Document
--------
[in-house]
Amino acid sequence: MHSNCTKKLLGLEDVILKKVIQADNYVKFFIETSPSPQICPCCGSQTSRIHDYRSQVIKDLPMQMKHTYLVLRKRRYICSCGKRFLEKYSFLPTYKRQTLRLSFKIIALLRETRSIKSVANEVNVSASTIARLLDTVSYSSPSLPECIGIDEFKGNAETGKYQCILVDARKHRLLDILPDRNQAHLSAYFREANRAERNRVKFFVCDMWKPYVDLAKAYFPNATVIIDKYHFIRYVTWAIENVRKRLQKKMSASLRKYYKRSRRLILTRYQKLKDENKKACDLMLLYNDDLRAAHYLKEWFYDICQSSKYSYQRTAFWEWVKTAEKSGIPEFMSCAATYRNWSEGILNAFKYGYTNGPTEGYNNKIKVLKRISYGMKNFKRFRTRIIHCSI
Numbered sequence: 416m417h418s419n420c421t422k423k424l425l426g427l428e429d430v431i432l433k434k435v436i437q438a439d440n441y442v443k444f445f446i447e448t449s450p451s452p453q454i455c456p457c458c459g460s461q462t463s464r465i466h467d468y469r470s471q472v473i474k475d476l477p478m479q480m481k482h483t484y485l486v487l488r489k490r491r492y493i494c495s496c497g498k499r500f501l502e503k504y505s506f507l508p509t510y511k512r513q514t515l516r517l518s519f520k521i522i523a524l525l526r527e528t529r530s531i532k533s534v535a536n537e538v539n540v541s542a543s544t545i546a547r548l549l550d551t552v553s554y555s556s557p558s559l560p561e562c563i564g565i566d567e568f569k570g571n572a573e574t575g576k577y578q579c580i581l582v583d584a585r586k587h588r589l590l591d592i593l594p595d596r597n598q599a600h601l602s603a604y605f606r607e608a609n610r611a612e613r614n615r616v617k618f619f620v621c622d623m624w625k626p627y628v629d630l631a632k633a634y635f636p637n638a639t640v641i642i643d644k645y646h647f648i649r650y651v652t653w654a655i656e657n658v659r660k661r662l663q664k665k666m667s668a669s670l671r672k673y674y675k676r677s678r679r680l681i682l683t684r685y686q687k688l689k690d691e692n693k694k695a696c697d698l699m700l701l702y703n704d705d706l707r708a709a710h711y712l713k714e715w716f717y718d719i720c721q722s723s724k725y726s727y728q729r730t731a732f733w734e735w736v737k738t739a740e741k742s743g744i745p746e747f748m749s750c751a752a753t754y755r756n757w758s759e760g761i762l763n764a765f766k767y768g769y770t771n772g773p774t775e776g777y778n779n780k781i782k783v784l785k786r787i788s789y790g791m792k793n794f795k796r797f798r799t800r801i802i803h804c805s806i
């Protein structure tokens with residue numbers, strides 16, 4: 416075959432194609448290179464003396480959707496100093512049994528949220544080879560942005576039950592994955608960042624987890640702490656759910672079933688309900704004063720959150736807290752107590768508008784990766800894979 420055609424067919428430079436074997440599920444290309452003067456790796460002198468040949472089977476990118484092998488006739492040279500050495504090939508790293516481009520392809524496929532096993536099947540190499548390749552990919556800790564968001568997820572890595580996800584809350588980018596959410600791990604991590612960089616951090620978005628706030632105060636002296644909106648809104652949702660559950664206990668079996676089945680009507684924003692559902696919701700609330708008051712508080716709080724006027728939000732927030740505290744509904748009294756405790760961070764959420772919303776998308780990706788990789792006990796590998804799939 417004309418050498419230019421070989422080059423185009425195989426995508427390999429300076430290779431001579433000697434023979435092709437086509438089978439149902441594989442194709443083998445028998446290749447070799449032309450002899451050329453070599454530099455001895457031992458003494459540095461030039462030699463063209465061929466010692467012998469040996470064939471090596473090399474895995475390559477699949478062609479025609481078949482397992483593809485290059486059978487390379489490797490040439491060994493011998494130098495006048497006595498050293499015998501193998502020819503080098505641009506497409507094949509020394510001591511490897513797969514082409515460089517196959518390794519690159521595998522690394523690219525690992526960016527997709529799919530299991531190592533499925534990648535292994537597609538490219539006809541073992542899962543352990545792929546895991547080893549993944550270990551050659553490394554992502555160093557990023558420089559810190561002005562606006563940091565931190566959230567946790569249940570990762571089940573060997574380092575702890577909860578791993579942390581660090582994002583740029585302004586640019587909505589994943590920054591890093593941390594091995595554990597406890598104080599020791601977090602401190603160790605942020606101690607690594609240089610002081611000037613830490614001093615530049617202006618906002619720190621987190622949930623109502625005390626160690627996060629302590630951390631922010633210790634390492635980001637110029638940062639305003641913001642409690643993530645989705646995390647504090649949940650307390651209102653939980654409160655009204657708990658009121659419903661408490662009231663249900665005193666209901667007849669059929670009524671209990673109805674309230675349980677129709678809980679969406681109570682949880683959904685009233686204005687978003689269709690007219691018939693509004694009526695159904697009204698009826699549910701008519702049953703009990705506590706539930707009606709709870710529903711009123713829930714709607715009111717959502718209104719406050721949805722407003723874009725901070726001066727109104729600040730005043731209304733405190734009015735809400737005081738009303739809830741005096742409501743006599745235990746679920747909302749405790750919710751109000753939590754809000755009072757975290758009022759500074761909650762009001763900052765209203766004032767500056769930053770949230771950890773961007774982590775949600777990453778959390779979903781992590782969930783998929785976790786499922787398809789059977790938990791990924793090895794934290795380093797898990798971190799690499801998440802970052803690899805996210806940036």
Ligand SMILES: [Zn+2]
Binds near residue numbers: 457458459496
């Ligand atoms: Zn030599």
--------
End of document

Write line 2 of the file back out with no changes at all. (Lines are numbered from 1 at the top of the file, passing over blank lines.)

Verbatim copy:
Amino acid sequence: MHSNCTKKLLGLEDVILKKVIQADNYVKFFIETSPSPQICPCCGSQTSRIHDYRSQVIKDLPMQMKHTYLVLRKRRYICSCGKRFLEKYSFLPTYKRQTLRLSFKIIALLRETRSIKSVANEVNVSASTIARLLDTVSYSSPSLPECIGIDEFKGNAETGKYQCILVDARKHRLLDILPDRNQAHLSAYFREANRAERNRVKFFVCDMWKPYVDLAKAYFPNATVIIDKYHFIRYVTWAIENVRKRLQKKMSASLRKYYKRSRRLILTRYQKLKDENKKACDLMLLYNDDLRAAHYLKEWFYDICQSSKYSYQRTAFWEWVKTAEKSGIPEFMSCAATYRNWSEGILNAFKYGYTNGPTEGYNNKIKVLKRISYGMKNFKRFRTRIIHCSI